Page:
“The verification of inpatient and outpatient vascular centers is an important step in recognition of our specialized and distinct service to our patients and to our health care systems,” said R. Clement Darling III, MD, of the Albany Medical Center and a former SVS president. “The verification process was valuable to help us to understand what we need to provide the best longitudinal vascular care for our patients and will provide a roadmap to help institutions and payers understand the infrastructure needed to establish and maintain a comprehensive vascular service.”
In addition, verification, “will demonstrate to patients and providers that we are following standards and established protocols that have been peer-reviewed for their benefit by specialty trained vascular specialists/surgeons. I thought the process was comprehensive, fair, educational and a true benefit to our patients and our specialty of vascular surgery,” said Darling.
VCV&QIP requires institutions to examine and validate processes that should lead to the following: external credibility, improvement in quality, enhanced organization learning, high staff effectiveness and decreased liability cost and mitigating risk of adverse events.
Regarding his experience as a pilot site, William Shutze, MD, from the Baylor Scott & White Heart Hospital in Plano, Texas, said, “In preparation for the SVS/ACS vascular center verification site visit we underwent a comprehensive self-examination that identified our strengths, weaknesses and opportunities for quality improvement.”
“We were then able to leverage the motivation of all of the stakeholders in our facility, strongly desiring the recognition this verification brings, to endorse, support and enact the necessary measures to achieve designation as a verification center but more importantly, to elevate the quality of care our patients receive. This was only accomplished because we applied to be verified under this novel program. On behalf of myself and my colleagues at The Heart Hospital Plano (Texas), I encourage everyone to apply for verification.”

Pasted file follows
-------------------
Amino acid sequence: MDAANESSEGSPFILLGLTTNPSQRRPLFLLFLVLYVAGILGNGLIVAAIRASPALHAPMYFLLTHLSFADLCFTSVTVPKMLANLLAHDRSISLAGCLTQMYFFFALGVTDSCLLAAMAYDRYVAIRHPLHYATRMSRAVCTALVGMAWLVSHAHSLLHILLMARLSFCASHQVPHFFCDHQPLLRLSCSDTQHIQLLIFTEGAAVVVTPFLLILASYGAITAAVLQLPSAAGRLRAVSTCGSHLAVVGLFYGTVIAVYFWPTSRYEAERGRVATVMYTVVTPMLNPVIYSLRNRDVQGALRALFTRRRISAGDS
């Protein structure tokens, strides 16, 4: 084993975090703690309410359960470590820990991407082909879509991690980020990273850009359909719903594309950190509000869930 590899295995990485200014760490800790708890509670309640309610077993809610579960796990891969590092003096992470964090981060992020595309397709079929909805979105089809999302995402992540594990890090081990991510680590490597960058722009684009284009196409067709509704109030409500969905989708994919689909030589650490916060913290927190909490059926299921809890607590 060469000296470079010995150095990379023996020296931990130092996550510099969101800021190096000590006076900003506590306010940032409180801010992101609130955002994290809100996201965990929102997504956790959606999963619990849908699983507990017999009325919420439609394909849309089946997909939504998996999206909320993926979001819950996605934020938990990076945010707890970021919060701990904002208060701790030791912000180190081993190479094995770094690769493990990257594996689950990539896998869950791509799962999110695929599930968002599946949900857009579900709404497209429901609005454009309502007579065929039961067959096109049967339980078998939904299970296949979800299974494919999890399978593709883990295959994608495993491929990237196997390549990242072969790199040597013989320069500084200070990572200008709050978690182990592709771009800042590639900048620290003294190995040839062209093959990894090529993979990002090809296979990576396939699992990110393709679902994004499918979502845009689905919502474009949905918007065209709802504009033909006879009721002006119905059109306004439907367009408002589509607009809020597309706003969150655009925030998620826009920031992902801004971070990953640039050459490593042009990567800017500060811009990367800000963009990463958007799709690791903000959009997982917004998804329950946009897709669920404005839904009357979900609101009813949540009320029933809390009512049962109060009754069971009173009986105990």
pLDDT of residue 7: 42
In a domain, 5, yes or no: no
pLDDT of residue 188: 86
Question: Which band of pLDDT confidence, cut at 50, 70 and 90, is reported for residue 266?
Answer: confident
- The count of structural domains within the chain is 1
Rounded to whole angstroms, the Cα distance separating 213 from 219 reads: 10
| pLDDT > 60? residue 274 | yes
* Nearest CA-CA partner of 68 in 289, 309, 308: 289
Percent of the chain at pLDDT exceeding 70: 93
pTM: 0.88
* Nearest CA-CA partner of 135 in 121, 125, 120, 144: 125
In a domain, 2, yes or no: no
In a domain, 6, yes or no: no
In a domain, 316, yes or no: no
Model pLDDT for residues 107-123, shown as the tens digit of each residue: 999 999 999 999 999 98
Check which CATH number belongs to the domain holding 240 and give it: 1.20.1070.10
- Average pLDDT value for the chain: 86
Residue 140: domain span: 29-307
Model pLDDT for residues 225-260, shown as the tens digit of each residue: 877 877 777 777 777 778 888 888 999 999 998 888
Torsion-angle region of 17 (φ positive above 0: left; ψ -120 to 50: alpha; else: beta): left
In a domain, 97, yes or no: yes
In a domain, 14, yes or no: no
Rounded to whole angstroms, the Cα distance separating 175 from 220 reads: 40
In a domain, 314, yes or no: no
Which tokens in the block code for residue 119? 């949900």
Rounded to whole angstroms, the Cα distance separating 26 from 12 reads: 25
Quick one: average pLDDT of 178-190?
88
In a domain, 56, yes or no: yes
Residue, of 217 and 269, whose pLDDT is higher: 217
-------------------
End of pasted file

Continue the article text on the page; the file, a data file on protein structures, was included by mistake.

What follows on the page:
The Michigan Vascular Center participated as the first office-based lab (OBL) in the pilot phase. “The Michigan Vascular Center opened its first OBL in 2005 and opened a second in 2013,” said Robert Molnar, MD, adding that the centers have been accredited by the Accreditation Association for Ambulatory Health Care (AAAHC) for more than eight years.
“Our focus was always on providing care that was equivalent and even superior to that provided in the hospital setting. We felt that accreditation was important to signify our level of commitment to quality and best practice standards. When the SVS/ACS announced a vascular-specific verification program for OBLs, we wanted to participate and have our program evaluated to ensure we were providing the best possible care with the highest quality. The process allowed us to analyze what we had established and provided a process to reaffirm our commitment to quality and our patients.”
In the coming months, SVS and ACS will finalize the standards and infrastructure to provide vascular facilities with easy access to resources to guide them in applying for verification.